The voltage difference Ud2 on variable resistor 45 thus is temperature-independent. The voltage difference Ud1 at variable resistor 25 thus is just as temperature-independent, since the gate thereof also receives the error signal F as control signal. As the voltage Ud1 is temperature-independent (in other words: as it has no temperature coefficient), the output signal formed by differential amplifier 31 on the line 33 and at the output of circuit 13 is temperature-independent as well.
In a modified embodiment, which is not quite as favorable, the current branch 59 used here for the "input pair" on the one hand and the "reference pair" on the other hand, could also be designed separately for input pair and reference pair.
Instead of diodes 19, 35 and 41, transistors could be used as well. Basically, the diodes can be replaced by any component that has a specific characteristic through which the change of the output signal at output 13 is determined as a function of the input signal at input 11. In the circuit elucidated hereinbefore, the differential voltage ΔU1TC (just as the second differential voltage ΔU2TC) is indeed reduced by the voltage divider so that differential amplifier 31 receives a comparatively smaller input signal, however with this input signal being temperature-independent.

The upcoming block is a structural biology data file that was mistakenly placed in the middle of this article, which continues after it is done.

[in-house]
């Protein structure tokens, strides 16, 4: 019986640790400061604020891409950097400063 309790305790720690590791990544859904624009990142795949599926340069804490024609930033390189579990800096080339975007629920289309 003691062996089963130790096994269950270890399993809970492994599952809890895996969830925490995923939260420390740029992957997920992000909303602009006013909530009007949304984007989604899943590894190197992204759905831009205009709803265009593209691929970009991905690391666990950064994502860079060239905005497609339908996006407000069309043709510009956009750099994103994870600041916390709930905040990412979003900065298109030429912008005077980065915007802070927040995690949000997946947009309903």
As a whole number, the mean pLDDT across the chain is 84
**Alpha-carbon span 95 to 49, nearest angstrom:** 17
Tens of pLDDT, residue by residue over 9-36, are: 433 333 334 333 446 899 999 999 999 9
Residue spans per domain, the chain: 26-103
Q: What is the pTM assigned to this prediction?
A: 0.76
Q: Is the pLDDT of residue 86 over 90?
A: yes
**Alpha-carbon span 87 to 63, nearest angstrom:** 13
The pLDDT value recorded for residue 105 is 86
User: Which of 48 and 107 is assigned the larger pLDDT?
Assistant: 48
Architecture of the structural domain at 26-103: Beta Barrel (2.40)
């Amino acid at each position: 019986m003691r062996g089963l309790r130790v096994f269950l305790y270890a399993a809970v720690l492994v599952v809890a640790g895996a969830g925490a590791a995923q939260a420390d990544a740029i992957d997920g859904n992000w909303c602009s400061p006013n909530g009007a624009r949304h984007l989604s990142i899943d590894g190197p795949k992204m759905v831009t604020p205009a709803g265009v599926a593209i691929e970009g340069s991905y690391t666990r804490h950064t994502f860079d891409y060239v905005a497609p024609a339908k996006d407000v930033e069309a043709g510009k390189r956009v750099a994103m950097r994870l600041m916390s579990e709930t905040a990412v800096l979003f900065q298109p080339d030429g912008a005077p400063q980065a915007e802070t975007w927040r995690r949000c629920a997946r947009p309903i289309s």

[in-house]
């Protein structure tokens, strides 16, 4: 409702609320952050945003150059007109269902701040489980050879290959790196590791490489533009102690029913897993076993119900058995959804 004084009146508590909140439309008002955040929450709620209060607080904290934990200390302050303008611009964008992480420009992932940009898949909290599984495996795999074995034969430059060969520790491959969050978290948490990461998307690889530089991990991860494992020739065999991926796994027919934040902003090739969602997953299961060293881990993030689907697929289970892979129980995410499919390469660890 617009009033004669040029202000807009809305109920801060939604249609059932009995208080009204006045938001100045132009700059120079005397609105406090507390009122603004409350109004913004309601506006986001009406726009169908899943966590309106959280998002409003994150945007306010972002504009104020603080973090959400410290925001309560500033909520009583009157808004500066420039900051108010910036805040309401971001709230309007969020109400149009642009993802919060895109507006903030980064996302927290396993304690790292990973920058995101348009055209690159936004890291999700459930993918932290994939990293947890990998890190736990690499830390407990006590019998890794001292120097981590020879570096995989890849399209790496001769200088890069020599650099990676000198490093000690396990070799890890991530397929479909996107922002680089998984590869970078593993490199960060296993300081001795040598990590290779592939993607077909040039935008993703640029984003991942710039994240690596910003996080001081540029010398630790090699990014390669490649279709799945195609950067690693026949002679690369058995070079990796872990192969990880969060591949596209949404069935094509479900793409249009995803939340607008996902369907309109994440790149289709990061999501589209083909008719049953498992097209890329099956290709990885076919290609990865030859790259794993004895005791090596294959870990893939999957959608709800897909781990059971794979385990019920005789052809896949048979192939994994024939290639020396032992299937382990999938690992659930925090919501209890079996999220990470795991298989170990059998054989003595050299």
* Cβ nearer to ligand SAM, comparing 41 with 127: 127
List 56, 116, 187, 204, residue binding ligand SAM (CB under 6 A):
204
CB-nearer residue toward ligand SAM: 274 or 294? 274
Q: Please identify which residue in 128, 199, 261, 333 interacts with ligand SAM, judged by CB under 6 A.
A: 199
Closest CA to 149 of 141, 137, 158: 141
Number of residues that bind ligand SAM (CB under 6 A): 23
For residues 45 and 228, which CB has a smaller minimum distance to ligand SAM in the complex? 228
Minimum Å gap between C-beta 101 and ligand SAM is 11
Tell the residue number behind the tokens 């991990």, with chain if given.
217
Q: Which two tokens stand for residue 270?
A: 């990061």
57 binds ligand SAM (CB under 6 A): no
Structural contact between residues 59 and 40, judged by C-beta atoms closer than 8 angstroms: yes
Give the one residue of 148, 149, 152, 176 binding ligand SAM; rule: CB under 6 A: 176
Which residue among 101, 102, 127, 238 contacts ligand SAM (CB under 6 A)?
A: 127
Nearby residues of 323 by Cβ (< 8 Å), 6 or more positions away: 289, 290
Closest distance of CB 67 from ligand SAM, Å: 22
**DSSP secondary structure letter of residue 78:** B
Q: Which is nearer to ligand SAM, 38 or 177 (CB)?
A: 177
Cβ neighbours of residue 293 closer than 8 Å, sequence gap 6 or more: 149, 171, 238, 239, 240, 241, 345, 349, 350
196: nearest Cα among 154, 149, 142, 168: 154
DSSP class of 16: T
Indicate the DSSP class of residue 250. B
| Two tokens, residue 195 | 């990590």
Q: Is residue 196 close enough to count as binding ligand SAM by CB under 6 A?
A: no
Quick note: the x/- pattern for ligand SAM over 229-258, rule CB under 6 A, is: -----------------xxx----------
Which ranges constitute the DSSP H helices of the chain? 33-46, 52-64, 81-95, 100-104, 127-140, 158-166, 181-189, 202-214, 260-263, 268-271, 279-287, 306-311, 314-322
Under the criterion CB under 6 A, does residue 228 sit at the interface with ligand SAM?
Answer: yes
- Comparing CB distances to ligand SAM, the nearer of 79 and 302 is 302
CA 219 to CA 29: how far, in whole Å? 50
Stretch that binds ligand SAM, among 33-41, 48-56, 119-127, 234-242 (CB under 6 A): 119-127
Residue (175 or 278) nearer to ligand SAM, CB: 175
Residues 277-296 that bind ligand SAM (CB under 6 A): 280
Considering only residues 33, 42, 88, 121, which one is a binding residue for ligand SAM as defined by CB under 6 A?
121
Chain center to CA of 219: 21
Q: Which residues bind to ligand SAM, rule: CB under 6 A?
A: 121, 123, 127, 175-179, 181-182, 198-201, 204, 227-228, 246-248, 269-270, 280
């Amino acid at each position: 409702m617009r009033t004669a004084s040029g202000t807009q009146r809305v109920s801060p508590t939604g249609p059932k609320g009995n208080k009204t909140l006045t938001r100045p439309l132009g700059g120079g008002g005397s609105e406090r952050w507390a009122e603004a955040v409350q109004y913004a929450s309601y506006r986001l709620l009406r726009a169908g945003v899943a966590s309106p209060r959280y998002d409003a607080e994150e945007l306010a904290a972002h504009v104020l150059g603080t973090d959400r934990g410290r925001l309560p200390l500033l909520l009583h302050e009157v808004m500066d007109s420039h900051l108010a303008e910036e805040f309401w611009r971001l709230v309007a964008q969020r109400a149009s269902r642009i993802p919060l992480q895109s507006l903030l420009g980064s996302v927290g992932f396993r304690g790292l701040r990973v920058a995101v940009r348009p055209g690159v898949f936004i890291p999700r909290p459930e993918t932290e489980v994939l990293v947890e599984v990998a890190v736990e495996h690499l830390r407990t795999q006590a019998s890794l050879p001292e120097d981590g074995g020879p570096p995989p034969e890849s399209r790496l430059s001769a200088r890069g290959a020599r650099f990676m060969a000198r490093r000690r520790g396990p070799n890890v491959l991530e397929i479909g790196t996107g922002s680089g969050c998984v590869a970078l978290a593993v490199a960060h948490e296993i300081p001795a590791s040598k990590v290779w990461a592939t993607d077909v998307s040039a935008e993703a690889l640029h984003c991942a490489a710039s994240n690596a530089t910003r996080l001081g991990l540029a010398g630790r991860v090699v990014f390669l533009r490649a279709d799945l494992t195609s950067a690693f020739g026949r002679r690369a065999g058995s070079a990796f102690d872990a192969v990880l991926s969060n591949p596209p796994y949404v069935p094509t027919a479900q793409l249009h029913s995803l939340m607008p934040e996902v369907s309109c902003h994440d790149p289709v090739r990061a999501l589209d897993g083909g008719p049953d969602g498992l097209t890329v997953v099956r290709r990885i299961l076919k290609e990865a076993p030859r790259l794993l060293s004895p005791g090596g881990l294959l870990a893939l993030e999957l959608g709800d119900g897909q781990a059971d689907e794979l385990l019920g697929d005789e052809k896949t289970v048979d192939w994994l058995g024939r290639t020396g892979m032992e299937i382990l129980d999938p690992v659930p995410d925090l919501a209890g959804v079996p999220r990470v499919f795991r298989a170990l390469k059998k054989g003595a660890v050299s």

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|U.S. Classification||330/256, 327/350, 330/289|
|International Classification||G06G7/24, H03F1/30, H03G7/00|
|Cooperative Classification||H03F1/301, G06G7/24, H03G7/00|
|European Classification||G06G7/24, H03F1/30B, H03G7/00|
|Aug 26, 1999||AS||Assignment|
Owner name: STMICROELECTRONICS GMBH, GERMANY
Free format text: ASSIGNMENT OF ASSIGNORS INTEREST;ASSIGNOR:VIEBACH, MICHAEL;REEL/FRAME:010192/0062
Effective date: 19990719
|Jan 14, 2004||FPAY||Fee payment|